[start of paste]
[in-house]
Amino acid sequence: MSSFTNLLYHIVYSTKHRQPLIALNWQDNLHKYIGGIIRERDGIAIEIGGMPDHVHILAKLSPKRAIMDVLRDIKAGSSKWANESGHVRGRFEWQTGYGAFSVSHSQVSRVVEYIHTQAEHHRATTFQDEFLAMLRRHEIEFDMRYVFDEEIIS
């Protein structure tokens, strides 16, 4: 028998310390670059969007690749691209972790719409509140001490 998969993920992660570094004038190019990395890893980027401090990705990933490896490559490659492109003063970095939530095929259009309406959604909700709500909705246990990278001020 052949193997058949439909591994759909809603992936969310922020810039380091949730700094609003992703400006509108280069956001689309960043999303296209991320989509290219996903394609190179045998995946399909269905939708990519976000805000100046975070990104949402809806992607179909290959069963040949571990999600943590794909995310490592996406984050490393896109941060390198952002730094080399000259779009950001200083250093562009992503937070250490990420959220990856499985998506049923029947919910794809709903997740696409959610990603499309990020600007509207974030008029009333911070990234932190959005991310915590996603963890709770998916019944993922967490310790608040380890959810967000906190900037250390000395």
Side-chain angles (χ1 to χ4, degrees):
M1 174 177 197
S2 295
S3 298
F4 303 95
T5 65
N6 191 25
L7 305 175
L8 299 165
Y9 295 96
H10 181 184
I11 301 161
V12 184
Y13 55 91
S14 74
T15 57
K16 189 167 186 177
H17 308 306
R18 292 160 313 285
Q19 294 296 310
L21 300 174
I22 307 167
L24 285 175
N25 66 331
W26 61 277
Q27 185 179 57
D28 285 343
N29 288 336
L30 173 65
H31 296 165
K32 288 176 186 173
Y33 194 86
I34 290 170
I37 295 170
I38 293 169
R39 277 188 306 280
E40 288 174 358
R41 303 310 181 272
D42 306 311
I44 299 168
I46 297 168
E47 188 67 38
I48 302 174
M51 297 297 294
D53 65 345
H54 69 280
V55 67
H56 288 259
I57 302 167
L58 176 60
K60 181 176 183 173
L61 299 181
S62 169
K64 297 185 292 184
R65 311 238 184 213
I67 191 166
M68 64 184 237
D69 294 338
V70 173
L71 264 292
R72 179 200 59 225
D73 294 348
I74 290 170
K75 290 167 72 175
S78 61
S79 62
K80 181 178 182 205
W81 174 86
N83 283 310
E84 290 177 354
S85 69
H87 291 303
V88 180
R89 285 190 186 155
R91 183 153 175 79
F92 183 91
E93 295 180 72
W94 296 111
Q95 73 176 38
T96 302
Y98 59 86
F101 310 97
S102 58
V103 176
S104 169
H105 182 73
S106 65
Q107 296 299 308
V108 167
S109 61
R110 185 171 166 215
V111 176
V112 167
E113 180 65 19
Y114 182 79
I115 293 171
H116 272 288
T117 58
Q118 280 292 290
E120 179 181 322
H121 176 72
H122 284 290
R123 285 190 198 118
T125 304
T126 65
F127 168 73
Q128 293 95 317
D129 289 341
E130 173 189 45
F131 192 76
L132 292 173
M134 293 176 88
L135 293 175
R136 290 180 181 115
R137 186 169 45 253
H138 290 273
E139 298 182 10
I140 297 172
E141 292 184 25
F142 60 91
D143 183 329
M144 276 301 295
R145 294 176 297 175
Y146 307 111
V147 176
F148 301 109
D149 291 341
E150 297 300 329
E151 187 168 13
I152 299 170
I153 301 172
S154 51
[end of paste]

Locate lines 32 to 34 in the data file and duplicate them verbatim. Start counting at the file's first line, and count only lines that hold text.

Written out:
L30 173 65
H31 296 165
K32 288 176 186 173